Islamic State (IS) has said it was behind the deadly attack in the Tunisian resort town of Sousse, in which a gunman killed at least 38 people.
It identified the attacker by the nom de guerre of Abu Yahya al-Qayrawani, with Tunisian authorities naming him as Seifeddine Rezgui, a student not previously known to them.
IS will certainly be the prime suspect, although it is not the only militant threat to the North African country.
This is also not the first time the country has come under attack. It has seen a rise in Islamist militancy since the overthrow of long-serving leader Zine al-Abidine Ben Ali in a popular uprising in 2011.
Six months ago, Islamic State said it was behind an attack on the famous Bardo museum in the capital, Tunis - the first by the group in Tunisia.
Most of the 23 victims were foreign tourists, including British, Japanese, French and Italian nationals.
IS is active in neighbouring Libya, where it has carried out high-profile attacks, including the beheading of Egyptian Coptic Christians living there.
Most IS commanders in Libya are believed to be Tunisians.
Tunisia has contributed the largest number of foreign fighters to IS in Syria and Iraq, according to some researchers. Authorities in Tunis say up to 3,000 Tunisians have gone abroad to wage jihad in the Middle East.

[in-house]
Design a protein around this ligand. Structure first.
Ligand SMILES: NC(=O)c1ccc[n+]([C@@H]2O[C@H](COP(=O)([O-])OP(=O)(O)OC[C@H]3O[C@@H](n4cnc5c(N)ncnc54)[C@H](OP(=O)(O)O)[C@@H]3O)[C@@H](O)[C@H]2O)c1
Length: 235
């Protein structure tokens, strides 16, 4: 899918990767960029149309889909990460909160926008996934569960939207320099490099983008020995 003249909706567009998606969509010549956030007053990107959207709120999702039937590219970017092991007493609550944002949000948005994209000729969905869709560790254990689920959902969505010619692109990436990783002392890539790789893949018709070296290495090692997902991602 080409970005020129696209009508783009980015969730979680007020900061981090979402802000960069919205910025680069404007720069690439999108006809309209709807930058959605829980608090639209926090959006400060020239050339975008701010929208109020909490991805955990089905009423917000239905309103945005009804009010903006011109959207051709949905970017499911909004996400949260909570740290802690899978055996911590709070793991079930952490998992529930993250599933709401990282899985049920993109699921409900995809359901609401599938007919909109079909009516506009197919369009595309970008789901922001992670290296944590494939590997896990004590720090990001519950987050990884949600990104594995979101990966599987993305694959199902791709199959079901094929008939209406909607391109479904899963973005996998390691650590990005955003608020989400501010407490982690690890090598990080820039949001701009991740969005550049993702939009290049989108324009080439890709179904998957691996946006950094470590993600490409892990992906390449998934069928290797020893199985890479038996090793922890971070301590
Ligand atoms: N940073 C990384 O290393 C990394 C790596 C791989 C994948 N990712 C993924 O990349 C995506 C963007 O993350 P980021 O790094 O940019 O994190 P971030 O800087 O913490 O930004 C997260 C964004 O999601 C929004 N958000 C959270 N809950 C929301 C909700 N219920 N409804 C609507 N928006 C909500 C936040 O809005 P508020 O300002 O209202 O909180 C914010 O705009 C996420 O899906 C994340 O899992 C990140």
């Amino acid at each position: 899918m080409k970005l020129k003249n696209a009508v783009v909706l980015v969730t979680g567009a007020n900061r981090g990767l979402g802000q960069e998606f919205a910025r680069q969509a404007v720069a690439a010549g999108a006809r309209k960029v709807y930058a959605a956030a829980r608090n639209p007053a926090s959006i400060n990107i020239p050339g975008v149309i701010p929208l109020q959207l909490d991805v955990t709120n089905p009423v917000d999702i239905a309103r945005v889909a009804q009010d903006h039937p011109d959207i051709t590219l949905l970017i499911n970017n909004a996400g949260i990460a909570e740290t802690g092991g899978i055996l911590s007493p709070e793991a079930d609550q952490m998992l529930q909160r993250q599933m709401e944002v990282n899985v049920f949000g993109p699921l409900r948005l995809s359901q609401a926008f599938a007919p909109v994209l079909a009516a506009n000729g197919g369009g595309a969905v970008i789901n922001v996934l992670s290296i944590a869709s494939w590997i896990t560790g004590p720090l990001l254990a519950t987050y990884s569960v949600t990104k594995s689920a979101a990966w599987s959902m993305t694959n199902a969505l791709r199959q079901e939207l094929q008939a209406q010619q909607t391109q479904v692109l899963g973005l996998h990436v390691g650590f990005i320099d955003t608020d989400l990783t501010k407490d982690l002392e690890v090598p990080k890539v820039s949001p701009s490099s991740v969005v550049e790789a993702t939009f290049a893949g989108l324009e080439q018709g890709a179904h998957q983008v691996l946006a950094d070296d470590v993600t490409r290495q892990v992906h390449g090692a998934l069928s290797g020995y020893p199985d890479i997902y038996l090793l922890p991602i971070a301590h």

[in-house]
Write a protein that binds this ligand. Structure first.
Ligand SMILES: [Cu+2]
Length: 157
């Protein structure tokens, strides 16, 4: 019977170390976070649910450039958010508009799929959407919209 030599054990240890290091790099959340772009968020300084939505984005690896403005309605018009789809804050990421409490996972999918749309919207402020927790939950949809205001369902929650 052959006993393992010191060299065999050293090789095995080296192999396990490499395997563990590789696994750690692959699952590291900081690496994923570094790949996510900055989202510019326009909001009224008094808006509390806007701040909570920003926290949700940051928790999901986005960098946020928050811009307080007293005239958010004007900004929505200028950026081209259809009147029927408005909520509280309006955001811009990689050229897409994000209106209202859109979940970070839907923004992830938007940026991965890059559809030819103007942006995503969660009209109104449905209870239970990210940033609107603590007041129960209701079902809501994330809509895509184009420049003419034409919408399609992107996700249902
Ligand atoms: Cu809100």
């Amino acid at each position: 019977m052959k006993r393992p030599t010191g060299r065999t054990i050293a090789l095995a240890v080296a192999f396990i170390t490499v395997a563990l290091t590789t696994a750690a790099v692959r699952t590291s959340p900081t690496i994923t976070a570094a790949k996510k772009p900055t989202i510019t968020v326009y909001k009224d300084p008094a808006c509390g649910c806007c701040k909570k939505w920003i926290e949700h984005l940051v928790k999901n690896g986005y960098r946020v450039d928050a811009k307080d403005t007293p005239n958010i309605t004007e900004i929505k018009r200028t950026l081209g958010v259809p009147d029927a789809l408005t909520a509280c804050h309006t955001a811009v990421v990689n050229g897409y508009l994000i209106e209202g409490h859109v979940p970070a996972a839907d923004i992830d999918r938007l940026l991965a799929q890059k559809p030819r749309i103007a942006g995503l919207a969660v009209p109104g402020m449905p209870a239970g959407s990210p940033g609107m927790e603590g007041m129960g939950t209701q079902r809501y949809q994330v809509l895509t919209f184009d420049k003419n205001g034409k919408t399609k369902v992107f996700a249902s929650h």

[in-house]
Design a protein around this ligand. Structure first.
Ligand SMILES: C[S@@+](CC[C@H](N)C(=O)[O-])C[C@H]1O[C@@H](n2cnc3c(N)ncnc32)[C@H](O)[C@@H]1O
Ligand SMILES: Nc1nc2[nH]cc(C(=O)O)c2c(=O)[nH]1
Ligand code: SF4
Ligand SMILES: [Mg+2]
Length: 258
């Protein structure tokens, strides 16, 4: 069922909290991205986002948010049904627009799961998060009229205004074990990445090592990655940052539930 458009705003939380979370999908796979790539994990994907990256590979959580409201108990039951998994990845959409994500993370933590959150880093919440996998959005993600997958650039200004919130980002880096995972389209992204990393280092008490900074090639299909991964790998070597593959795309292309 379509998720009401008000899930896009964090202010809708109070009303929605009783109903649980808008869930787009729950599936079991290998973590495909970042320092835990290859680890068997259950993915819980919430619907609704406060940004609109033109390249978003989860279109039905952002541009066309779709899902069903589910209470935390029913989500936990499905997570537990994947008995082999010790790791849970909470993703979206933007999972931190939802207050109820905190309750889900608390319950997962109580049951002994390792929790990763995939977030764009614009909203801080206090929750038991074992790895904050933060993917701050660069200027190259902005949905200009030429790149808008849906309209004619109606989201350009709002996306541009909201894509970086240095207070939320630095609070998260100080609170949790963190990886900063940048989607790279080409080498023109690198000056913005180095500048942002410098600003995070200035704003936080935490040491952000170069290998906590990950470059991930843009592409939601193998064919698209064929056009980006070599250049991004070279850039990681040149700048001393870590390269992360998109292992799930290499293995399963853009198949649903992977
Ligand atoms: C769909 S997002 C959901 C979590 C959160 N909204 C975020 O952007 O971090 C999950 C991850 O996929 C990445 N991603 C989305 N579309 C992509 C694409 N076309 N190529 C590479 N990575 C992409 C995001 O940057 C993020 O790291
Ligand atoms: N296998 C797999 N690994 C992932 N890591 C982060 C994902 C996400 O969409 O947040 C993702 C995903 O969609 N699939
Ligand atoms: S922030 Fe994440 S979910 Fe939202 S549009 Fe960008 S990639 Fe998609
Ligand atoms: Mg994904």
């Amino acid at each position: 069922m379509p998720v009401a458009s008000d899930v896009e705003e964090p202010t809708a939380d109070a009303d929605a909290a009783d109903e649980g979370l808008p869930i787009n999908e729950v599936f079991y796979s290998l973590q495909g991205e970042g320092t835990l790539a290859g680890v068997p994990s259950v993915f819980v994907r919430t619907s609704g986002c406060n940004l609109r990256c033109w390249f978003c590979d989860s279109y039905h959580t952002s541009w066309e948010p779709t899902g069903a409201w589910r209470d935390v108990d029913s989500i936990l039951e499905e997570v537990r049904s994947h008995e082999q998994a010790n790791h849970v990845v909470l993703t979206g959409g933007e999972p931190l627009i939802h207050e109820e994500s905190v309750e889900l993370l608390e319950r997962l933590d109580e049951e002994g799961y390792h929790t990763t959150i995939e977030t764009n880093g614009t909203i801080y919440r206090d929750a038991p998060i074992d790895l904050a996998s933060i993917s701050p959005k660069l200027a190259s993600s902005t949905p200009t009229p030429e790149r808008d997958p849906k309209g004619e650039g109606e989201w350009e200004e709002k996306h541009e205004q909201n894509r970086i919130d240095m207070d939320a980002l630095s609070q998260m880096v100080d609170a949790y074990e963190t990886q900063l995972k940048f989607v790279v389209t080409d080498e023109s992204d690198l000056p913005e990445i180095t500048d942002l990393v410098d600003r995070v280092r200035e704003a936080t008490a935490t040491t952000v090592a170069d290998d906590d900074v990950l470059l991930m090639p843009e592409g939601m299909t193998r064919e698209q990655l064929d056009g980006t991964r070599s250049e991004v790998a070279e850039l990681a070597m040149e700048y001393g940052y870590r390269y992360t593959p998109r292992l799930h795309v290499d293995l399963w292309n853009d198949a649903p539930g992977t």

However, Tunisia has also long been involved in a battle with fighters linked to al-Qaeda in the Islamic Maghreb (AQIM) along its border with Algeria.
In July 2014, the group killed 14 soldiers in a raid on two checkpoints in Tunisia's mountainous region.
Within Tunisia itself, the main Islamist group is Ansar al-Sharia. Designated a terrorist group, it was accused of attacking the US embassy in Tunis in September 2012.
It denies that it is linked to al-Qaeda.
In April 2002, the main al-Qaeda network carried out a suicide attack at a Tunisian synagogue, in which 19 people died.
The latest attack shows that the government's efforts to contain the threat of Islamist militants are not yielding the desired results.
The targets in Sousse were western tourists and the state itself. Tourism is Tunisia's largest source of foreign currency and analysts say the government can't afford a collapse of the sector.
It is also a setback to a country once regarded as a beacon of secularism in the Arab world.